I can’t remember any of the gifts that I received for Christmas as a child. Unless of course you count the year I got the radio that I still have kicking around the house somewhere. But I know why I remember it and not others. (Long story…) I believe there might also have been a wagon full of blocks? Not sure. And while I am certain that I always received and anticipated gifts, it is the magic that preceded and surrounded them that I remember: our living room transformed into a magical Christmas wonderland with a tree full of candles that were lit while we sang carols in the kitchen waiting to be summoned. A special Christmas Eve supper that was the same each year followed by a reading of the Christmas story. Playing games until the wee hours of the morning.
The purchasing of Christmas gifts however, has always and continues to fill me with anxiety. There are so many competing narratives that are invoked at this time of year that always have me carefully navigating the distance between Santa and Scrooge, religion and secularism, scarcity and abundance, intention and expectation. I now understand the “grumpiness” that enveloped my father in the weeks preceding Christmas as I know he was as conflicted as I am this time of year. In the end, I have learned to do what he did, submit myself to the comfort and joy of the traditions and make a firm budget to govern all forms of giving.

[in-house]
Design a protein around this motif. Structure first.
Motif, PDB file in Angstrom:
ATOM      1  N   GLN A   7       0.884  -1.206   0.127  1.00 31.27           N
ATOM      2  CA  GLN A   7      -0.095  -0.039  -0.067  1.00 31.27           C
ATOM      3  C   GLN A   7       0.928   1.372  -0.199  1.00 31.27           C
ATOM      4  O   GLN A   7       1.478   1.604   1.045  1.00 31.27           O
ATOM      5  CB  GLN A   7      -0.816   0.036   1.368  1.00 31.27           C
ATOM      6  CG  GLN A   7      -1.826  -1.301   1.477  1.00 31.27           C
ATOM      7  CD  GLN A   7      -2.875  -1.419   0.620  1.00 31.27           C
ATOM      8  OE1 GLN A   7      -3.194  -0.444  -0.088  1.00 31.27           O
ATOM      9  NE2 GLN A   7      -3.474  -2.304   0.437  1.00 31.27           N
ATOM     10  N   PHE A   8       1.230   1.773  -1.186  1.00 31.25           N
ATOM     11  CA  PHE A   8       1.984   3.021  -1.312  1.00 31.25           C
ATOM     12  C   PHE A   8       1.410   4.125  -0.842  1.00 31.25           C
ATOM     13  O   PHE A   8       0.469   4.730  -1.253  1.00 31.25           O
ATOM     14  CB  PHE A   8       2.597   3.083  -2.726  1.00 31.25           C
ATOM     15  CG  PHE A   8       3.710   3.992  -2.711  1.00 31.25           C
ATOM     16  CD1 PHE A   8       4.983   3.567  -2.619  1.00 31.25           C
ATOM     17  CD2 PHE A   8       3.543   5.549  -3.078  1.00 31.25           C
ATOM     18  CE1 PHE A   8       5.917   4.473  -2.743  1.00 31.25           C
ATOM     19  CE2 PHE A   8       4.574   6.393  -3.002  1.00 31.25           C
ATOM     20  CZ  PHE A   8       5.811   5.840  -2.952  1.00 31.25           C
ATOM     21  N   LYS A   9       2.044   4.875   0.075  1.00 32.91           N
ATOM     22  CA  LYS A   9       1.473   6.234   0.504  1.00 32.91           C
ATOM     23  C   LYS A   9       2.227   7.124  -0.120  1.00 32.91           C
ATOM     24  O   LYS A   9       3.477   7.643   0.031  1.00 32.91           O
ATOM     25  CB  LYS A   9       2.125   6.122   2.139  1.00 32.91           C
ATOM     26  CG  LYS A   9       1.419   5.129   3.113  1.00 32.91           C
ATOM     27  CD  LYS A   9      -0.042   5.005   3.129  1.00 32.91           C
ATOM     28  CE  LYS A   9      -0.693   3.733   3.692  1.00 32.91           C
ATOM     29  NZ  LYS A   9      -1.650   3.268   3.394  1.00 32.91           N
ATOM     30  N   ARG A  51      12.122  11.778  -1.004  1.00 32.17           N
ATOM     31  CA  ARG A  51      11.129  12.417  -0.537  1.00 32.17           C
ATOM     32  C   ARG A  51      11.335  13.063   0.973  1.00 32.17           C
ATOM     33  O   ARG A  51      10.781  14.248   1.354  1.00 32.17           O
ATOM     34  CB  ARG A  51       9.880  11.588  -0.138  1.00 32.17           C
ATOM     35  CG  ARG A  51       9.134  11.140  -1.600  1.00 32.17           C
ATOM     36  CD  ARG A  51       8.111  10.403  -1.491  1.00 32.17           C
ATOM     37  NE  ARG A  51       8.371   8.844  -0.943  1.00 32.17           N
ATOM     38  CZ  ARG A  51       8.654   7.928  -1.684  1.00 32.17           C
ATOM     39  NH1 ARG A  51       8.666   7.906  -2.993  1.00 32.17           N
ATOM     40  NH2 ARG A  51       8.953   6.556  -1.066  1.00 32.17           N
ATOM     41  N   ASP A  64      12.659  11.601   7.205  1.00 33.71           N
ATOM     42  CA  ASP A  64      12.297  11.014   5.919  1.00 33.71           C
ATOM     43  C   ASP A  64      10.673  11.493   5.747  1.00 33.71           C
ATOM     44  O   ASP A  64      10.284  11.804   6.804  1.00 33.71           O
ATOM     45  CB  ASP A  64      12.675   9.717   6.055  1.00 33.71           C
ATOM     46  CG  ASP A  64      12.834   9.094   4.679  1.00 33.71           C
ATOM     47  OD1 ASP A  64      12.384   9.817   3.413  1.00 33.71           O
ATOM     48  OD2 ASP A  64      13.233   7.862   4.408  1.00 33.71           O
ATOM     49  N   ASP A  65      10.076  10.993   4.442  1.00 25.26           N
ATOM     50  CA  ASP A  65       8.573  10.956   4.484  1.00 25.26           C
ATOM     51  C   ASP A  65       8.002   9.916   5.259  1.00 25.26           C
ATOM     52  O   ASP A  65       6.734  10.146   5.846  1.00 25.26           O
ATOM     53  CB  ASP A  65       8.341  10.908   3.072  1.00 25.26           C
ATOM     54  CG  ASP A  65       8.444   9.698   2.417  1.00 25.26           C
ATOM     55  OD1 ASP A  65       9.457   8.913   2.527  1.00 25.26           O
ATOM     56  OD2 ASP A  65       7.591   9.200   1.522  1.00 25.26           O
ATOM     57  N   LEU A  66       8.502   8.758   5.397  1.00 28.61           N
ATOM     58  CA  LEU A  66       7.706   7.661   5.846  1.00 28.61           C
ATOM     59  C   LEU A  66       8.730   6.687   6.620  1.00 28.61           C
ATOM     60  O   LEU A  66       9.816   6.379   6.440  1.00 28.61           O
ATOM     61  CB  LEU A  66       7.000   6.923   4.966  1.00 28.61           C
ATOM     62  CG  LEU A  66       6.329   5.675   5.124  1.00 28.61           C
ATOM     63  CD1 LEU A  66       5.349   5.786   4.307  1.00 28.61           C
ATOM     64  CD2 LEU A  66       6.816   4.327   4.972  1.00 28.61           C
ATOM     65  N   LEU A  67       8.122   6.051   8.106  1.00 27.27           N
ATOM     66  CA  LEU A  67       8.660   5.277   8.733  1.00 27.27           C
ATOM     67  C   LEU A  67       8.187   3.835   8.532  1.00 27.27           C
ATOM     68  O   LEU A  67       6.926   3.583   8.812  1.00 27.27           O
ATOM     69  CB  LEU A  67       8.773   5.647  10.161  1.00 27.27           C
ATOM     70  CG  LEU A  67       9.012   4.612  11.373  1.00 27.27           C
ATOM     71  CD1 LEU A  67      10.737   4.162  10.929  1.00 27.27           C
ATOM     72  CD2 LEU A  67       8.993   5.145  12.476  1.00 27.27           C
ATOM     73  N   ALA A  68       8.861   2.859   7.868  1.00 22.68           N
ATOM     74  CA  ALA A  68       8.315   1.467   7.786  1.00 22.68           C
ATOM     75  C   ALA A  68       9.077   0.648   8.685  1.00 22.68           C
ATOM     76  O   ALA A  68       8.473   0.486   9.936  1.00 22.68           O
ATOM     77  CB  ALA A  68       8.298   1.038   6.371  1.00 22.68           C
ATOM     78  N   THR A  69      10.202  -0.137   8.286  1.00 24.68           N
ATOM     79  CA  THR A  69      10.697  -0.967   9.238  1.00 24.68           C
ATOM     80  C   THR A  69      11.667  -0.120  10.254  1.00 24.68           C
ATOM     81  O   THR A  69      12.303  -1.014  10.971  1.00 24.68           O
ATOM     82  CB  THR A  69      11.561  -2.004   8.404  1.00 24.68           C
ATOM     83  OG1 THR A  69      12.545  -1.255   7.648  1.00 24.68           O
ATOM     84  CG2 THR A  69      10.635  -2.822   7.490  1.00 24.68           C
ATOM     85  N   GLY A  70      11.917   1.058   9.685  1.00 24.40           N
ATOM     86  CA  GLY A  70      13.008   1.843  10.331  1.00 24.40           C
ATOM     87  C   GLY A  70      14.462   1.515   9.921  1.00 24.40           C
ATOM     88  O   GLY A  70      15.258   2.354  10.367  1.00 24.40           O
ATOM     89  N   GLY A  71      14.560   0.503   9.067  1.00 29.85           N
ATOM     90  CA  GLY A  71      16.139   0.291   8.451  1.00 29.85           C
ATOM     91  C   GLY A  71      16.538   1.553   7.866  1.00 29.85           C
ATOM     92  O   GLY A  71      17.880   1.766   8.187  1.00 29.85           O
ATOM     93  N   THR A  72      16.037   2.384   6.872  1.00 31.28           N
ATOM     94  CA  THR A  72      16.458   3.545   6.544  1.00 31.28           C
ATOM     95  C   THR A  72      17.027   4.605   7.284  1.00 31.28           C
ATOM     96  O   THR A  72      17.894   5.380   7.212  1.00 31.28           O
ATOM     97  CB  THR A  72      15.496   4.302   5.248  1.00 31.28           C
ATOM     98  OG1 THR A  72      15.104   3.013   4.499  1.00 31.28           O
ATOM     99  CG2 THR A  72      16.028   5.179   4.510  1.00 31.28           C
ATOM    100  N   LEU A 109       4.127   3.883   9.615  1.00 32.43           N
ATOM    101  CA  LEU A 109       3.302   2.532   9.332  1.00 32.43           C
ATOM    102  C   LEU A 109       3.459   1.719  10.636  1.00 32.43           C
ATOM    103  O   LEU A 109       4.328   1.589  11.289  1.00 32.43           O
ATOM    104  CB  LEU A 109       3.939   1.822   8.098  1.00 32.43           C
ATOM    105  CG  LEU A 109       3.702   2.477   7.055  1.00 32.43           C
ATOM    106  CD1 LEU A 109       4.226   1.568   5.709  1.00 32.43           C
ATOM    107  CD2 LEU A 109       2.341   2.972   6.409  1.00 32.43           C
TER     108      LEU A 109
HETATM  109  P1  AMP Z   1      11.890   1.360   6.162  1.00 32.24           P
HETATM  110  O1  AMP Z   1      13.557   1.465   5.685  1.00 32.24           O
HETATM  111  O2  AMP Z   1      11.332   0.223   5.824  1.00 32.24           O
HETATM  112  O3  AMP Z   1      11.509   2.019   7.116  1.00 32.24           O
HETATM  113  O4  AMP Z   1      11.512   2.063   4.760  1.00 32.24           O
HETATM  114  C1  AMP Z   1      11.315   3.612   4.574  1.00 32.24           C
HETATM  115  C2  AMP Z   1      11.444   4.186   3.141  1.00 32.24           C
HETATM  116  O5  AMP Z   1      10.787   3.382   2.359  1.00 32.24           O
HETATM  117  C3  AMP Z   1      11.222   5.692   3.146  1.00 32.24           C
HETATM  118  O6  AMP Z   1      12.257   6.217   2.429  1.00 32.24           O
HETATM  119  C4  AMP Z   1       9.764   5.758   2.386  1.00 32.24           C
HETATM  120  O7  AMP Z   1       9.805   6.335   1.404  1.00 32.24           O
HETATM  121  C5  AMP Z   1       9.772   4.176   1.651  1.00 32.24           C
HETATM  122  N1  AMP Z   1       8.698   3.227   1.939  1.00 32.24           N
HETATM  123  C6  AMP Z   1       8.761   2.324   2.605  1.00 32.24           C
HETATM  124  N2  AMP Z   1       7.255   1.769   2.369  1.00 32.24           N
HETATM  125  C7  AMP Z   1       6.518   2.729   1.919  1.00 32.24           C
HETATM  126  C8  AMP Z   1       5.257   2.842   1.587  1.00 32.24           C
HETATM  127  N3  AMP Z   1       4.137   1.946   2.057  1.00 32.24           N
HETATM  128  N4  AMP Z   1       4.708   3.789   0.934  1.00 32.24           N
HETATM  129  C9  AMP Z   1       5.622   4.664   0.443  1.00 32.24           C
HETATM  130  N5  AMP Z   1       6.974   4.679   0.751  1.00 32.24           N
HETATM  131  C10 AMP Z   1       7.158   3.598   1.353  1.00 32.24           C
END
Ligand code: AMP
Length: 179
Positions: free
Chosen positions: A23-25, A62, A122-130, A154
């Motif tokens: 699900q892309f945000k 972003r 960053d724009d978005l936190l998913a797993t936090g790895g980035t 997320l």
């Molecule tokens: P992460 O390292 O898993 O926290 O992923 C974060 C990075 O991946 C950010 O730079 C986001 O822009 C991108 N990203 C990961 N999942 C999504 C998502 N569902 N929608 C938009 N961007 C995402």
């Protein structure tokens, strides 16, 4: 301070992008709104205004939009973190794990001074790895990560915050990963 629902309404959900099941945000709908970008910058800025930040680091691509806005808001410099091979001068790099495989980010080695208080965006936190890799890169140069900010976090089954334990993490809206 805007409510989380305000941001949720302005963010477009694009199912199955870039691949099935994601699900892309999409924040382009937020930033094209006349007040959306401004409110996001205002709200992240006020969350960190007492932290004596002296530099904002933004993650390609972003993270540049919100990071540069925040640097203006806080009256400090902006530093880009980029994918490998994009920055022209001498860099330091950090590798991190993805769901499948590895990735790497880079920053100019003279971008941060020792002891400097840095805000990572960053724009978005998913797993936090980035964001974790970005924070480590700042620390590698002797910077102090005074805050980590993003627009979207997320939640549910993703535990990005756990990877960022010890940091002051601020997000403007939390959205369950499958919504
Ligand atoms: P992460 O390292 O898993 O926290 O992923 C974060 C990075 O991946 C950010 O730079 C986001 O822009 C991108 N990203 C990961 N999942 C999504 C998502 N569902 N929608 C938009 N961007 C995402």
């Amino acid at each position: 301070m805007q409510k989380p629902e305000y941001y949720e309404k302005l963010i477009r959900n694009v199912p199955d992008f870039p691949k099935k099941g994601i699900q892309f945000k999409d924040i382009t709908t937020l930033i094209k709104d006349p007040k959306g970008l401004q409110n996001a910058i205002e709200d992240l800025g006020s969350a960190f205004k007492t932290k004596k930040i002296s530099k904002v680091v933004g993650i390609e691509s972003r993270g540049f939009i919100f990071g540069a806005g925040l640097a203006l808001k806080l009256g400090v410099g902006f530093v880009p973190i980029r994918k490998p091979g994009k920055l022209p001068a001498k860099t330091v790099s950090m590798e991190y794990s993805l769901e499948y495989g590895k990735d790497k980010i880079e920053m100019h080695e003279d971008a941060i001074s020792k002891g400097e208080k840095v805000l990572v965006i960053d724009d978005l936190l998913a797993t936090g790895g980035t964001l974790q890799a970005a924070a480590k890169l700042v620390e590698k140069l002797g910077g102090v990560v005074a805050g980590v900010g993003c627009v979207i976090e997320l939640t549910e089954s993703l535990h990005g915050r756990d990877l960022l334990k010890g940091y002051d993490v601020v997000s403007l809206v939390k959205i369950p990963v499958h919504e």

David Jardine posted a wonderful article on his site this week entitled “I Love the Terror in a Mother’s Heart” that I believe helps to explain the market forces that attempt to use anxiety to lure us in both as parents and teachers as we try so hard to do what is good for our children and students. As we consider the many options of gifts that may support passions, interests and learning I believe ultimately it is the things that we do together without fail that become the greatest gifts. Sing some songs, eat some great food, share some wonderful stories and have a wonderful holiday season!
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